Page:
Sam Kiley

Fixers are the unsung heroes of foreign wars

Sam Kiley pays tribute to Sultan Manadi who was killed last week during the operation to save Stephen Farrell, and says any idiot can be a war reporter with the help of a good fixer

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The black Mercedes lurched forward and sideways, a thick grey cloud erupted at its rear and its boot flew open. The thump of the detonating Israeli tank round reached me 300 yards away as I looked on from the Jewish settlement of Metulla.

There was a cheer from local residents, who had gathered to watch the withdrawal of their army from southern Lebanon after 18 years, from the relative safety of Israeli territory. An Israeli army sniper directed the tank’s heavy machine-gun towards a building off to the left. I sat on the grass hitting the redial button on my phone. I was trying to get through to Abed Takoush, who was working with the BBC’s Jeremy Bowen.

The Mercedes was the second car I’d seen hit by an Israeli tank that morning. I knew Jeremy and Abed were in the area — I wanted to warn them to stay away. But Abed was dead behind the wheel of the black car. Jeremy was pinned down by the Israeli tank, and wasn’t answering my calls.

Abed was a ‘fixer’, like Sultan Manadi, who was killed last week during a Nato operation to free the British journalist Stephen Farrell from Afghan kidnappers. ‘Fixer’ is an ignoble title. The word is sleazy and demeaning: it implies the local people hired by the foreign media are mere higglers. The reality is that without a worldwide network of local freelance drivers, translators and general all-round fixers, there would be a lot of dead journalists, and pretty soon no foreign news at all.

Any nitwit, and I am living proof, can be a ‘war correspondent’ if they are lucky enough to come across a great fixer. These men and women usually earn no more than $100 a day. For that they provide introductions to gangsters, war lords, terrorists, politicians — all the sociopaths who drive world events — as well as navigate, drive, and give instant tutorials in Albanian politics, Somali clan rivalries, and Balkan history. More important, they keep us alive. Behind our backs they apologise for our cultural insensitivity, anticipate our needs before we know that we’ve got them, and from time to time literally lead us through minefields.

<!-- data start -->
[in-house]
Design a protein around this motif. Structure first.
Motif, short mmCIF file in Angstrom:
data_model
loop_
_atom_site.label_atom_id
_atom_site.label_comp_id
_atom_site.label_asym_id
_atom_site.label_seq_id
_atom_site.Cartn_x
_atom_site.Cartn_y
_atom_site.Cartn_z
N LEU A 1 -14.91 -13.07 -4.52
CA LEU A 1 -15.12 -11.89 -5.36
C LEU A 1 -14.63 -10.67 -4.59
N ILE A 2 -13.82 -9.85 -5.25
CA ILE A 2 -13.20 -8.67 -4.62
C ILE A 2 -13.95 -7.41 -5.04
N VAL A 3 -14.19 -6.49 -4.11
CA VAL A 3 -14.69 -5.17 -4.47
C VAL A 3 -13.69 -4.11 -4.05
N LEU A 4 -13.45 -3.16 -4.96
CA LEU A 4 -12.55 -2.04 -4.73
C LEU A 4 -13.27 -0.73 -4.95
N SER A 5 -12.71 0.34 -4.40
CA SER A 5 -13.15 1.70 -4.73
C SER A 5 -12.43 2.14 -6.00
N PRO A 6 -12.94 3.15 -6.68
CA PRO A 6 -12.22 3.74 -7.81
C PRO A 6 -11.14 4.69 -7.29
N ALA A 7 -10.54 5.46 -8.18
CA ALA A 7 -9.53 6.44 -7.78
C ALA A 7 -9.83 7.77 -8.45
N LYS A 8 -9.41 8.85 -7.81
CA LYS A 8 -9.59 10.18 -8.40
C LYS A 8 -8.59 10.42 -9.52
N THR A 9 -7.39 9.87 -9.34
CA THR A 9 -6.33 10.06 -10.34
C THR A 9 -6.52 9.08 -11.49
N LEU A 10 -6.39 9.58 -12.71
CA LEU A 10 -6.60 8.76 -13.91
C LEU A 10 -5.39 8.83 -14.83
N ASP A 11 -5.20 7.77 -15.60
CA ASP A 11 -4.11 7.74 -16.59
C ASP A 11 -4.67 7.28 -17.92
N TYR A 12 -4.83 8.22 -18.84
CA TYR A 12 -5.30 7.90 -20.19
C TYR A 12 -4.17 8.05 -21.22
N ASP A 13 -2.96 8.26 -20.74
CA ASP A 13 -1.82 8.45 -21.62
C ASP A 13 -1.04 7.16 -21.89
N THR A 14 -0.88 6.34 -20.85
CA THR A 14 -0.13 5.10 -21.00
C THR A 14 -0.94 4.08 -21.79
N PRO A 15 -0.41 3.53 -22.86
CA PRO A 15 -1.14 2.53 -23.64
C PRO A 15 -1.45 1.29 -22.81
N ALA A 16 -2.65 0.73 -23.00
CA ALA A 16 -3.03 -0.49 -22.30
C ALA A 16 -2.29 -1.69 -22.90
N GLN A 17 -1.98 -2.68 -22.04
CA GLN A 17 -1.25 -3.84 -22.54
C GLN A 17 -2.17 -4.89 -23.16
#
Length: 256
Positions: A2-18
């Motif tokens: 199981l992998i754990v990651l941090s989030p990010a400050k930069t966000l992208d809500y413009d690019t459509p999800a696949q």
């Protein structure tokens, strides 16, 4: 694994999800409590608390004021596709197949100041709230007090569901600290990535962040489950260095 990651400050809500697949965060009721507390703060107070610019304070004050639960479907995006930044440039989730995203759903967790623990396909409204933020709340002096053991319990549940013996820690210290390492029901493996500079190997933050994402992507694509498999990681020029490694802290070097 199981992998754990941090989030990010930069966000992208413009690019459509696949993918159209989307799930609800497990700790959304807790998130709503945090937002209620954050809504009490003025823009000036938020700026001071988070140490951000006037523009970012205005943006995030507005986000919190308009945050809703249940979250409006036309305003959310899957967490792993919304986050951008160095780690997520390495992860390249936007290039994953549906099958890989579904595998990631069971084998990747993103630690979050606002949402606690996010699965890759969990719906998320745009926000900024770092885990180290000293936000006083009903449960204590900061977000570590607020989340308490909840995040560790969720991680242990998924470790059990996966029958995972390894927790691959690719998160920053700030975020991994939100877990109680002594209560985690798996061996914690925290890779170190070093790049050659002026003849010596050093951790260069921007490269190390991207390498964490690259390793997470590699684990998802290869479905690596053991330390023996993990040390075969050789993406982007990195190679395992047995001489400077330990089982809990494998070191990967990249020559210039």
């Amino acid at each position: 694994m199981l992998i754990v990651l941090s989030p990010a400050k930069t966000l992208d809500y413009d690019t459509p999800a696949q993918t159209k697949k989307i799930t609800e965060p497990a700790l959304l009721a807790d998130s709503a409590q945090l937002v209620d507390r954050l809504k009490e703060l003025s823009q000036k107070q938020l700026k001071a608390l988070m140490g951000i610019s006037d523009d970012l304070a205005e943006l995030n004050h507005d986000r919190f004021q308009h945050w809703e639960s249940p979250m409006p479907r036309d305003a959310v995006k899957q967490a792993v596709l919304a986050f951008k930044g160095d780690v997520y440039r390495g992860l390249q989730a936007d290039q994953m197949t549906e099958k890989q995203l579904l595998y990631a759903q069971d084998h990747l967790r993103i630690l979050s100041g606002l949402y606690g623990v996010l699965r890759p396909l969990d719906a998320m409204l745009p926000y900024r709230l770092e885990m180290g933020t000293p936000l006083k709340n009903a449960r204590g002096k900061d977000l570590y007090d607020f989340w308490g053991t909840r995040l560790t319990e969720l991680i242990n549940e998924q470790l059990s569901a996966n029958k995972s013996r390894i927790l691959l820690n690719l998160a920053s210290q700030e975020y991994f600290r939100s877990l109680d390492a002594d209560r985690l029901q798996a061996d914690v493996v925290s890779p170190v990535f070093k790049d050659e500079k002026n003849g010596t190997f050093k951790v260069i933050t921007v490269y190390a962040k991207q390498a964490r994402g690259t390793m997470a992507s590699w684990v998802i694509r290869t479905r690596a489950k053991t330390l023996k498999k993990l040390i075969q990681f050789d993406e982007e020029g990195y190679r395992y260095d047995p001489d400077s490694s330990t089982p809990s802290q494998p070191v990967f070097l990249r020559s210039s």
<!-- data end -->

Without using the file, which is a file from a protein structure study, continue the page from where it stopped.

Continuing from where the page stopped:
In Mogadishu, during the hunt for Mohammed Farrah Aidid, an increasingly bloody mess during the early 1990s, I worked with a pair of cousins both of whom, conveniently, were called Abdulahi.

They were unfailingly good-humoured because, in a city in which gunmen were either wide-eyed and raving, or hung-over from khat (a stimulant like cocaine), Abdulahi and Abdulahi were always stoned — on old-fashioned local weed. They drove a dilapidated Fiat with no doors and were the only Somali pacifists I’ve ever met. They did have an AK47 rifle but Big Abdulahi refused to buy bullets for it, and anyway he had bent its barrel with a spanner.

The three of us were considered freaks — we could therefore cross front lines between gun battles because we were unthreatening and comical. And once, when Big Abdulahi overheard threats being made against me from within an angry crowd, he threw me over his shoulder like a sack of rice, chucked me across the back seat of the Fiat, and lay on top of me while his cousin drove us away.